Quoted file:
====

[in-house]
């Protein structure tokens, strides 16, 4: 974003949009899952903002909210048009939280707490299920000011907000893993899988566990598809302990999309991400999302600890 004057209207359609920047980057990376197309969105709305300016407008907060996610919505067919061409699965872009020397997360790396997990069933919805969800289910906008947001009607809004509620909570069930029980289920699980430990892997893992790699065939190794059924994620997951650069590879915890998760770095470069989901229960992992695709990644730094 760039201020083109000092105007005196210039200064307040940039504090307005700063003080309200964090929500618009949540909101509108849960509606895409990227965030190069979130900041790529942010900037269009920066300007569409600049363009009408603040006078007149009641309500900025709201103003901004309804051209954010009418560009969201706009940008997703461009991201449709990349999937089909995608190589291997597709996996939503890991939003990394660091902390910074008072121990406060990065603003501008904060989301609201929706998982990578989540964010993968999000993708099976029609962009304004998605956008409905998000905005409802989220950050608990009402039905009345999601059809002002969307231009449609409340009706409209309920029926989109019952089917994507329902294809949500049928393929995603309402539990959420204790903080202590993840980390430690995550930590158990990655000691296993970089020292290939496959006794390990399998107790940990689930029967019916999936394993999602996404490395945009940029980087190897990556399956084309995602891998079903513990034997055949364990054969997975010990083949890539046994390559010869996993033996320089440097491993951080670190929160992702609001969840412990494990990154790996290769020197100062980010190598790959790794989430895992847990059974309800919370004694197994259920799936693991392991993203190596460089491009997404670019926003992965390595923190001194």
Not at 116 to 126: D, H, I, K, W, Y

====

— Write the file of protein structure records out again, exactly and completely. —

[in-house]
């Protein structure tokens, strides 16, 4: 974003949009899952903002909210048009939280707490299920000011907000893993899988566990598809302990999309991400999302600890 004057209207359609920047980057990376197309969105709305300016407008907060996610919505067919061409699965872009020397997360790396997990069933919805969800289910906008947001009607809004509620909570069930029980289920699980430990892997893992790699065939190794059924994620997951650069590879915890998760770095470069989901229960992992695709990644730094 760039201020083109000092105007005196210039200064307040940039504090307005700063003080309200964090929500618009949540909101509108849960509606895409990227965030190069979130900041790529942010900037269009920066300007569409600049363009009408603040006078007149009641309500900025709201103003901004309804051209954010009418560009969201706009940008997703461009991201449709990349999937089909995608190589291997597709996996939503890991939003990394660091902390910074008072121990406060990065603003501008904060989301609201929706998982990578989540964010993968999000993708099976029609962009304004998605956008409905998000905005409802989220950050608990009402039905009345999601059809002002969307231009449609409340009706409209309920029926989109019952089917994507329902294809949500049928393929995603309402539990959420204790903080202590993840980390430690995550930590158990990655000691296993970089020292290939496959006794390990399998107790940990689930029967019916999936394993999602996404490395945009940029980087190897990556399956084309995602891998079903513990034997055949364990054969997975010990083949890539046994390559010869996993033996320089440097491993951080670190929160992702609001969840412990494990990154790996290769020197100062980010190598790959790794989430895992847990059974309800919370004694197994259920799936693991392991993203190596460089491009997404670019926003992965390595923190001194």
Not at 116 to 126: D, H, I, K, W, Y